For months now, the government in Tehran has been ratcheting up its enrichment of uranium, gradually increasing the percentage of fissile material using a battery of centrifuges and other complex technologies. But the process is not a long-term science experiment in physics, but rather driven by a political overview determined to drive on with Iran’s long-stated goal of achieving nuclear capabilities.
Now, after months of fragile negotiations on highly technical details with the international regulatory authorities, Iran has agreed to provide documents that will help resolve a contentious investigation into its nuclear programme.
Ending the impasse effectively paves the way for a broader agreement on Iran’s nuclear programme, and while there are undoubtedly obstacles that need to be cleared, the door now seems to be open on Iran returning to international markets under normal conditions, and for its oil to be again traded on global markets within a six-month time frame.
The tentative agreement was announced in Tehran between the Director General of
International Atomic Energy Agency (IAEA), Rafael Mariano Grossi, and Mohammad Eslami, the head of Iran’s nuclear programme.
Peaceful and economic purposes
Certainly, any agreement that realistically ensures that Tehran’s nuclear programme can be verified and used exclusively for peaceful and economic purposes is to be welcomed.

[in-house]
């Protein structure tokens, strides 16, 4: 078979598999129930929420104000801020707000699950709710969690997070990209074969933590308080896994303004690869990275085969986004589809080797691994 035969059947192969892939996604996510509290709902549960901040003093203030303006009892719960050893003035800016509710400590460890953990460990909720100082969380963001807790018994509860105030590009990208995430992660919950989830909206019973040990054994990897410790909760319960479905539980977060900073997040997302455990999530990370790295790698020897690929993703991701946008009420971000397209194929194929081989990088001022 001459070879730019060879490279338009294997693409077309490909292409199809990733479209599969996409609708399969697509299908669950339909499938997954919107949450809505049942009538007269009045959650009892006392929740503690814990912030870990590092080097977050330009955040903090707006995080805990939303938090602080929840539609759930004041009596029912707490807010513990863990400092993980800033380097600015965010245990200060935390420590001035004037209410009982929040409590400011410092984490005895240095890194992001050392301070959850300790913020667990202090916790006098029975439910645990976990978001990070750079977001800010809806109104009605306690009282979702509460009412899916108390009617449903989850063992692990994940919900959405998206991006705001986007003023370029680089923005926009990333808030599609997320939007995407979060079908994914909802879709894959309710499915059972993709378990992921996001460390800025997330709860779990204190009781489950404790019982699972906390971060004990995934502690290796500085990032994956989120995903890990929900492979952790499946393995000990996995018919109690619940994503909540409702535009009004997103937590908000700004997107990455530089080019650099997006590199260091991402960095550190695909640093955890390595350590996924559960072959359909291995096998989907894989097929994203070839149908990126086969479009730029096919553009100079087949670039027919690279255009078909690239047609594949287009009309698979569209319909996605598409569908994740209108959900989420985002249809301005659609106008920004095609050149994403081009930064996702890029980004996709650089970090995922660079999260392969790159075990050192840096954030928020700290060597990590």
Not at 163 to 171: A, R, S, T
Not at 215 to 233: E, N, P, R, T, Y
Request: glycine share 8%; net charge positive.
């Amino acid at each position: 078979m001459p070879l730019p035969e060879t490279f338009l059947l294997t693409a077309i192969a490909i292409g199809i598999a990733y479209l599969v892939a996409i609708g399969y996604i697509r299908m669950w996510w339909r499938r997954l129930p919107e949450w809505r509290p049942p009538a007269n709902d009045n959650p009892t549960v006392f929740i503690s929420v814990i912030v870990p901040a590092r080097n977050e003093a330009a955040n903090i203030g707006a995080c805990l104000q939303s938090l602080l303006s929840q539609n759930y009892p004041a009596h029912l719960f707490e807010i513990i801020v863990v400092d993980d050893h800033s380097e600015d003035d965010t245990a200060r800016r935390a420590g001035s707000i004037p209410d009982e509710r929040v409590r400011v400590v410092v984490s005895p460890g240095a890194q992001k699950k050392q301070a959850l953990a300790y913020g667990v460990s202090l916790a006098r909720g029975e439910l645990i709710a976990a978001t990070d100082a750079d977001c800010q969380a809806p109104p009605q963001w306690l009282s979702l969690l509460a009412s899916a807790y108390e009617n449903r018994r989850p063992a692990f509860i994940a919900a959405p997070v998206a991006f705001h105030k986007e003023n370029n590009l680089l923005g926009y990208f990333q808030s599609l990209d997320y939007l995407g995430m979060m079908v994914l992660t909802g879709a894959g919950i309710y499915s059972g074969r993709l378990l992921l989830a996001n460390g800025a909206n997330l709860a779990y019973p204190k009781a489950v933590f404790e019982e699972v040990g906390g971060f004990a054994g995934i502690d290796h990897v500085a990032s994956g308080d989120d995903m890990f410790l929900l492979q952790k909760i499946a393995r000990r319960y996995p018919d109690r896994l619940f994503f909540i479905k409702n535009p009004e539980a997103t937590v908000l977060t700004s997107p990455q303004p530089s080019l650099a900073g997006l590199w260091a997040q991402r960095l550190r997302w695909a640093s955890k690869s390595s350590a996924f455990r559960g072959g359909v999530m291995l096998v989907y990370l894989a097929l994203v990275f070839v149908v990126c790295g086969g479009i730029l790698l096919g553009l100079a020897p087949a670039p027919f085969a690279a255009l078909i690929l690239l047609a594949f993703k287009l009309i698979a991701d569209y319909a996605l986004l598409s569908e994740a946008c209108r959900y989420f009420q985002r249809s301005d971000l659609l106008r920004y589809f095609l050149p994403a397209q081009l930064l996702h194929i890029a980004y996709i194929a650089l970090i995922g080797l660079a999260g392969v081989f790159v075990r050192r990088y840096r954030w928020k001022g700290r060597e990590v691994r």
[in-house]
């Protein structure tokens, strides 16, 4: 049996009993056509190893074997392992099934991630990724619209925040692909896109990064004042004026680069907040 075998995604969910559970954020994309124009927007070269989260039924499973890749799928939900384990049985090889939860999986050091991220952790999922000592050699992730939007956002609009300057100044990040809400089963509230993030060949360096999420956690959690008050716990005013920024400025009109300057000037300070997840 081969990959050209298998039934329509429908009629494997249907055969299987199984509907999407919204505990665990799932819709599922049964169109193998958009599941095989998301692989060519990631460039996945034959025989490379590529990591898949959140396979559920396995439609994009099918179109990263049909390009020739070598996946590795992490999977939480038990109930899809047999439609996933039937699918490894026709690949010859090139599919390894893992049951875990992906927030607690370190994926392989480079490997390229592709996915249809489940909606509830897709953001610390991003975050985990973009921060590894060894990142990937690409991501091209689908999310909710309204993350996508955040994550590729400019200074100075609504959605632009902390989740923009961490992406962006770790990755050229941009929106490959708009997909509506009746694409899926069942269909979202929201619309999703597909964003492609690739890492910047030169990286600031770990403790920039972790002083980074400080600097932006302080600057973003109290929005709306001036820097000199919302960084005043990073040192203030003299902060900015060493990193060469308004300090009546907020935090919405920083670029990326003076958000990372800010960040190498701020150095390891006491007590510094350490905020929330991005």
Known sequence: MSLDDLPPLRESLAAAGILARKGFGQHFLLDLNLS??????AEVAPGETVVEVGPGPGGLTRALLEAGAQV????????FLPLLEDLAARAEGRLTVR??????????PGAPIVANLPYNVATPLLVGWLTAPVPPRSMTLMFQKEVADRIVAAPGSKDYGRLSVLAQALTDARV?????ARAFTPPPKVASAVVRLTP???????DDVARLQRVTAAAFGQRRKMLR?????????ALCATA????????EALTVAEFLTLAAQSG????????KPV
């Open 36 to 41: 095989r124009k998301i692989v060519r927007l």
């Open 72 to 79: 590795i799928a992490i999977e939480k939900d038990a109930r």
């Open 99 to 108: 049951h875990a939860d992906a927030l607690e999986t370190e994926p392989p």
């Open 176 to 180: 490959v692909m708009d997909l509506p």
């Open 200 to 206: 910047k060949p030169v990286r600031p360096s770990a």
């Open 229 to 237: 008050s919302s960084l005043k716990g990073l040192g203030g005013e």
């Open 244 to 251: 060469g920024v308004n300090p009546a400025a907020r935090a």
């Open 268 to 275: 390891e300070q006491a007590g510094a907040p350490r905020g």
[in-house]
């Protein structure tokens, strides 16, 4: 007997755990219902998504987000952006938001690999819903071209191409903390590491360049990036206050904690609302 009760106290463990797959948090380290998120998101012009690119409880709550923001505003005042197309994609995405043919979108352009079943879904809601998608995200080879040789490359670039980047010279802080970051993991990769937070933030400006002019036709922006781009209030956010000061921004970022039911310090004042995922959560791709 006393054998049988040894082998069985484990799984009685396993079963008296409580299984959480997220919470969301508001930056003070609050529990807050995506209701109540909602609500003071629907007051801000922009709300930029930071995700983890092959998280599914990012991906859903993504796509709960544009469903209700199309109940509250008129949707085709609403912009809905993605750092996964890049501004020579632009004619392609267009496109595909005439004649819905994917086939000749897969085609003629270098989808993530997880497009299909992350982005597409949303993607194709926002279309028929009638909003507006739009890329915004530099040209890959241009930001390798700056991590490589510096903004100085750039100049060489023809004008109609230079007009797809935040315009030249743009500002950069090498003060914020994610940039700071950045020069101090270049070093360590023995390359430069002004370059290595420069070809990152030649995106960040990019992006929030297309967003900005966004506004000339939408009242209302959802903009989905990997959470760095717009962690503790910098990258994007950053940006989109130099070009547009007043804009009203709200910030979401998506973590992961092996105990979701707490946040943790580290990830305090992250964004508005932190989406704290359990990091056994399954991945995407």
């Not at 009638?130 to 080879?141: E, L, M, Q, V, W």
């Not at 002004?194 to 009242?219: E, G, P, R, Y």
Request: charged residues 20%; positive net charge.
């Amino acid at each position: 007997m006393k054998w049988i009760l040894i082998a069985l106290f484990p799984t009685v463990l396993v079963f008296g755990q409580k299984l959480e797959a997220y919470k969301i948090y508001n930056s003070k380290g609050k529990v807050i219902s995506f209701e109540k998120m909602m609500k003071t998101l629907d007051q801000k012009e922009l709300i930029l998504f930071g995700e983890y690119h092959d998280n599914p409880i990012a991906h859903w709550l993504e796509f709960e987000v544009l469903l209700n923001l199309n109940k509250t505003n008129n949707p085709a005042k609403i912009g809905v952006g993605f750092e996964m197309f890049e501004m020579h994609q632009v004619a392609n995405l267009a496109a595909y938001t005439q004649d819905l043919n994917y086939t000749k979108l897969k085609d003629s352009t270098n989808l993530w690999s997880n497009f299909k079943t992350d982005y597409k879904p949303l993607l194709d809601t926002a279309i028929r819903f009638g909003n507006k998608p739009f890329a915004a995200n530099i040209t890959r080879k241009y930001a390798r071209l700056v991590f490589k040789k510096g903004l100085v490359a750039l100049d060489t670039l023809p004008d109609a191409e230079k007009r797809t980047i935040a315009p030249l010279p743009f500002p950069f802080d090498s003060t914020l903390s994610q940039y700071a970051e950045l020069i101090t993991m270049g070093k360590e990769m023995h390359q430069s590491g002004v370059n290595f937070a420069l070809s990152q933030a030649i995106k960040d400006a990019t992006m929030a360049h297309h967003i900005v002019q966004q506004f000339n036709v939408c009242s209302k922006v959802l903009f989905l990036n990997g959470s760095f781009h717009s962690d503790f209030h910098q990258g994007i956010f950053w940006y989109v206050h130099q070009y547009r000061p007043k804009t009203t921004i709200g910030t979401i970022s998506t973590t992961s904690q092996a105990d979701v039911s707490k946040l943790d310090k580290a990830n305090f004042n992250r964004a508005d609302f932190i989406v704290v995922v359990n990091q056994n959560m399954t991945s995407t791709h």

But here among the nations of the wider Middle East and along the Gulf Cooperation Council nations of this side of the Arabian Gulf, there is the memory that at the same time as the regime was signing a 2015 international nuclear agreement, it was also funding and supporting its proxy forces from the Mediterranean to the Bab Al Mandab.
It is one thing to commit to an international agreement, another to commit arms and weapons, logistical, technical and ballistic support to Iran-sponsored militias who have aided death and destruction in Yemen, Iraq, Syria and Lebanon.
We would like to believe that Iran will once more act in good faith and demonstrate that its rules can act responsibly in adopting the normal course of expectations and actions as a member of the international community. But there is a reality too that we have been at this point before.
The regime in Tehran should know that if it is indeed sincere, it will find accommodating neighbours willing to move forward building peace, prosperity and stability.
An immediate end to support for all of its proxies would be a positive gesture that things have indeed changed. Right now, though, we remain sceptical. But hopeful.